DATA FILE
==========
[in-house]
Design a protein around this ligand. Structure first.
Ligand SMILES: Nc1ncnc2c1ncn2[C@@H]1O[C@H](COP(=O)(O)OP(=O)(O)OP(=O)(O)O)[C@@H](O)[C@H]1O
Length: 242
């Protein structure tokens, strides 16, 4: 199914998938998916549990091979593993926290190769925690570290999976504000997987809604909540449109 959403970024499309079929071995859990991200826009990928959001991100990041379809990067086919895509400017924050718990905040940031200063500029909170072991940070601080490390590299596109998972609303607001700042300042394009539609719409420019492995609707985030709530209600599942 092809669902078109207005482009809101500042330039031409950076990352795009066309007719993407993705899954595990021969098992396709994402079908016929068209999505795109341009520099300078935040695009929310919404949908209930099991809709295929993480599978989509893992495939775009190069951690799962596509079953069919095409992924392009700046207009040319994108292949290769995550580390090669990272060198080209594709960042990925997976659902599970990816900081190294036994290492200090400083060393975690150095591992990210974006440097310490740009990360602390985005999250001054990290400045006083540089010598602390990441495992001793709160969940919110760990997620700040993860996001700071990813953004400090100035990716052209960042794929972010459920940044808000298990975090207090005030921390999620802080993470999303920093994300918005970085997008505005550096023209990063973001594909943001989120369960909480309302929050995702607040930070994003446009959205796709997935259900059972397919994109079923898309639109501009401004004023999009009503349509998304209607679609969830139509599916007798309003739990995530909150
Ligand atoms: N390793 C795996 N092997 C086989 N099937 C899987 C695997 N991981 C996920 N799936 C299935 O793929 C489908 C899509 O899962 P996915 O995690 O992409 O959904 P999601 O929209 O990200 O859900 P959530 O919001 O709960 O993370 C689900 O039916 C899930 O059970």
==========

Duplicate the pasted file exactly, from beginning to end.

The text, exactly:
[in-house]
Design a protein around this ligand. Structure first.
Ligand SMILES: Nc1ncnc2c1ncn2[C@@H]1O[C@H](COP(=O)(O)OP(=O)(O)OP(=O)(O)O)[C@@H](O)[C@H]1O
Length: 242
């Protein structure tokens, strides 16, 4: 199914998938998916549990091979593993926290190769925690570290999976504000997987809604909540449109 959403970024499309079929071995859990991200826009990928959001991100990041379809990067086919895509400017924050718990905040940031200063500029909170072991940070601080490390590299596109998972609303607001700042300042394009539609719409420019492995609707985030709530209600599942 092809669902078109207005482009809101500042330039031409950076990352795009066309007719993407993705899954595990021969098992396709994402079908016929068209999505795109341009520099300078935040695009929310919404949908209930099991809709295929993480599978989509893992495939775009190069951690799962596509079953069919095409992924392009700046207009040319994108292949290769995550580390090669990272060198080209594709960042990925997976659902599970990816900081190294036994290492200090400083060393975690150095591992990210974006440097310490740009990360602390985005999250001054990290400045006083540089010598602390990441495992001793709160969940919110760990997620700040993860996001700071990813953004400090100035990716052209960042794929972010459920940044808000298990975090207090005030921390999620802080993470999303920093994300918005970085997008505005550096023209990063973001594909943001989120369960909480309302929050995702607040930070994003446009959205796709997935259900059972397919994109079923898309639109501009401004004023999009009503349509998304209607679609969830139509599916007798309003739990995530909150
Ligand atoms: N390793 C795996 N092997 C086989 N099937 C899987 C695997 N991981 C996920 N799936 C299935 O793929 C489908 C899509 O899962 P996915 O995690 O992409 O959904 P999601 O929209 O990200 O859900 P959530 O919001 O709960 O993370 C689900 O039916 C899930 O059970």